Sunday, August 30, 2009

Flickr RSS Feeds. Too big, too small

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In this article about using slideshows in wordpress I showed you how to embed slideshows in Wordpress blog posts and sidebars using the Google Ajax Feed API.

I prefer to use this facility to pull in Image feeds from Flickr.

The problem with the images in these feeds is that they’re either too large or too small.

The MediaRSS specification has a tag which lets you have a thumbnail image in your feed. That’s great, but the image size of the thumbnail is 75×75 pixels, which is useless for a nice looking slideshow. It ends up looking terribly blurry with no detail.

The Google Ajax Feeds API tries to get around this by letting you specify a “thumbnailTag” in the slideshow options object. Basically, you set this to “content” to tell the API to look for the image in the “content” section of the feed, rather than the section. This is also great, but the problem is that Flickr uses the LARGE (or even worse, ORIGINAL) image size in this section. So you get nice large detailed images in the feed, but they’re so large that they take ages to load, and your slideshow sits there for ages saying “Loading….” while it grabs the huge images and chews up your audiences bandwidth.

So I wrote a simple PHP screen scraping utility which grabs the Flickr feed, and changes the ImageUrl…_L.jpg to ImageUrl….M.jpg – in other words, it modifies the feed to include the medium size image rather than the large size.

Medium sized images are fine for slideshows, and they load quite quickly.

Here’s the PHP code:

$first_var = "1";
foreach($_GET as $variable => $value)
if ($variable == 'uri')
$uri = $uri . $value;
$uri = $uri . "&" . $variable . "=" . $value;
header("Content-Type: application/xml; charset=ISO-8859-1");
$ch = curl_init() or die(curl_error());
curl_setopt($ch, CURLOPT_URL,$uri);
curl_setopt($ch, CURLOPT_RETURNTRANSFER, 1);
$data1=curl_exec($ch) or die(curl_error());
$data1=str_replace('height="75"', "",$data1);
$data1=str_replace('width="75"', "",$data1);
echo $data1;
echo curl_error($ch);

Just save this in a file named FlickrRSS.php in the top folder of your wordpress directory. Then instead of using your flickr RSS feed, pass the feed as a query parameter to the PHP utility.

You’ll need to change the <> tags in the file to <>.

So if your feed URL was this:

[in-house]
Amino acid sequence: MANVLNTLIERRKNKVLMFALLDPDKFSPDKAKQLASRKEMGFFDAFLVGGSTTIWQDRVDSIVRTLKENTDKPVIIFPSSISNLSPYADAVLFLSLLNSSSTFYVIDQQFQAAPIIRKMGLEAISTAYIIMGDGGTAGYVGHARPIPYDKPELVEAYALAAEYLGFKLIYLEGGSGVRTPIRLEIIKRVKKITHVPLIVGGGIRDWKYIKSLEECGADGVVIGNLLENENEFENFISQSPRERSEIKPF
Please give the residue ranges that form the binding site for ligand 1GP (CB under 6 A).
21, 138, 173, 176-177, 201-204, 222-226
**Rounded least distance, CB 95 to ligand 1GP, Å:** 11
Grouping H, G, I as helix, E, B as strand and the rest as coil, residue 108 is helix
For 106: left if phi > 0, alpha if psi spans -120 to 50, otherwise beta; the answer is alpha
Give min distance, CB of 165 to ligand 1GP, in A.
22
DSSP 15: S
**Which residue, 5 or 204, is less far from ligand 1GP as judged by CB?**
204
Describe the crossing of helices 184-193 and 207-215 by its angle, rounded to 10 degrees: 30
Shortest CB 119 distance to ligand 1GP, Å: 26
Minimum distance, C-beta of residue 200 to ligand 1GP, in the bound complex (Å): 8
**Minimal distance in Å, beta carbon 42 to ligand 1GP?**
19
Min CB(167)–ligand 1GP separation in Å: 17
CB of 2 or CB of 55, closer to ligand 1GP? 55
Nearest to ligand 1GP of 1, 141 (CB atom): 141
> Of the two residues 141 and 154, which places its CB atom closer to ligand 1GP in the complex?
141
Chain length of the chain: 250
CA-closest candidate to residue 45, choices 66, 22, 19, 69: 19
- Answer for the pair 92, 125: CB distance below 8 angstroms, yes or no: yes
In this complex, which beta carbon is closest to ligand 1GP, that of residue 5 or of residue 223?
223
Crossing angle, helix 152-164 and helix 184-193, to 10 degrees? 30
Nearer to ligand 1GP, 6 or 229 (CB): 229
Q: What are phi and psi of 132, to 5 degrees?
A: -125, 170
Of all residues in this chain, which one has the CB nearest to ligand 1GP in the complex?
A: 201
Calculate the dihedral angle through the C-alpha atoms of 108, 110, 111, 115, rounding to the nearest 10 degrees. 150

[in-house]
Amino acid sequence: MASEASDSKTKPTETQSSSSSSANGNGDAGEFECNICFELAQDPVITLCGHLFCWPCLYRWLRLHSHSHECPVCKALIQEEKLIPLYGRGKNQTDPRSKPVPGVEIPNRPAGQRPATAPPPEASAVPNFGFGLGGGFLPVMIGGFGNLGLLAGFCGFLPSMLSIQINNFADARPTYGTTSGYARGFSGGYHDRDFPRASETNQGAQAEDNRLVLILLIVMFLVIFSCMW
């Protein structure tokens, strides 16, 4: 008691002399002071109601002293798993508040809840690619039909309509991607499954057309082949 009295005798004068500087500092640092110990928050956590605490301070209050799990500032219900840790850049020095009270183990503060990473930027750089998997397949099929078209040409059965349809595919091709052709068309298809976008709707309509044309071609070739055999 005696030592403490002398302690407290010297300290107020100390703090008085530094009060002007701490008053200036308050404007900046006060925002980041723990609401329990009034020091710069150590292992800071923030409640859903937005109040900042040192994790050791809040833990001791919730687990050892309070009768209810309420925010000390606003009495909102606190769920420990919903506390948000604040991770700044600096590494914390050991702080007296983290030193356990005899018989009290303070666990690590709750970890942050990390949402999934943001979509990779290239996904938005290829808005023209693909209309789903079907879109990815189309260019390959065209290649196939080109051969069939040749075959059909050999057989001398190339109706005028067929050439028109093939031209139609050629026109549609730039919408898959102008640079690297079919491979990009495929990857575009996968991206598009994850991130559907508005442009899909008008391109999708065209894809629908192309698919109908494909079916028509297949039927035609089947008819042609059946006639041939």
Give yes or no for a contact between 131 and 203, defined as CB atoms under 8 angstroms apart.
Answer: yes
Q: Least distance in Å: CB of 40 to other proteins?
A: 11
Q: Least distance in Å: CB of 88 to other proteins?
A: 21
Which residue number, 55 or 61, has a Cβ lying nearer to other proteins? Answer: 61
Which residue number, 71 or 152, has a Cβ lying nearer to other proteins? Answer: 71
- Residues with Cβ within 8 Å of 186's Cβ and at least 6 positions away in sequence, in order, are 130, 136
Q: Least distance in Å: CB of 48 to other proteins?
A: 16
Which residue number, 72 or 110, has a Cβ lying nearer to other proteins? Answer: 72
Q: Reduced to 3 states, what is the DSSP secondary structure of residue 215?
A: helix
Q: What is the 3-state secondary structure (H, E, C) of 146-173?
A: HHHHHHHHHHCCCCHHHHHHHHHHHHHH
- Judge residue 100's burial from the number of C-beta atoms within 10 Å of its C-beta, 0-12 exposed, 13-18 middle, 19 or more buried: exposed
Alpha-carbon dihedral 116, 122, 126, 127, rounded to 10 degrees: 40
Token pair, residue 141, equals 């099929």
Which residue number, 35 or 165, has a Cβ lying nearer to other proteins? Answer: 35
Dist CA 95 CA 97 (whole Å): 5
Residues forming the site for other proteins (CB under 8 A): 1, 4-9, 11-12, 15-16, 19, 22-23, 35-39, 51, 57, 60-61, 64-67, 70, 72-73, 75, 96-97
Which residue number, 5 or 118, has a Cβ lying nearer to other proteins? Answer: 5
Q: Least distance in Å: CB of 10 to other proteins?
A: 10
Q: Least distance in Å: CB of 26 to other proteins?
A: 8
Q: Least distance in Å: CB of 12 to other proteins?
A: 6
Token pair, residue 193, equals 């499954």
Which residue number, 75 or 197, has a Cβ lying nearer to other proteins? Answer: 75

Use this instead


This will change the tag to point to the lager sized image, so your slideshows will load quickly, and look nicer :)

Sunday, August 02, 2009

Cool technology

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Six and mean

Lilly came in to my office the other day. “Dad I have to go out now. Can you get the TV to record my favourite show in an hour”.

“Hmmmm????”, I replied in typical pre-occuipied father mode.

But she had an intensity in her eye that made me realize I ignored this six year old at my peril, despite my displike of leaving my desk while in the middle of solving a problem.

Happily, I didn’t have to get up from my chair. I just logged in to IceTV, found the program she was interested in, and told my PVR to record it via the website.  My PVR is a High-Definition Beyonwiz DP-S1. It’s wireless, but I’ve wired it in to the house LAN so we can watch movies from our D-Link DNS323 1TB NAS

We also have an older Topfield 5000 PVRT.  It’s only standard definition, but the cool thing about it is that it has an open programming interfacem , so a lot of people have written their own software to get it to do cool things.  One application I added to it was ToppyPC by John De Angelis.  It has a program called “TWIN” which adds a web page to your Topfield PVR.  So you can set timers, and record shows, like IceTV lets you do with the Beyonwiz.   ToppyPC needs another utility to run – an FTP server (ftp4t by Aldarin) which runs on a PC which I connect to the Topfield via a USB cable.

All this technology is both good and bad. It’s convenient, but I don’t get the exercise I need going up and down stairs to program the PVR!

But at least I don’t have an angry six-year-old to contend with!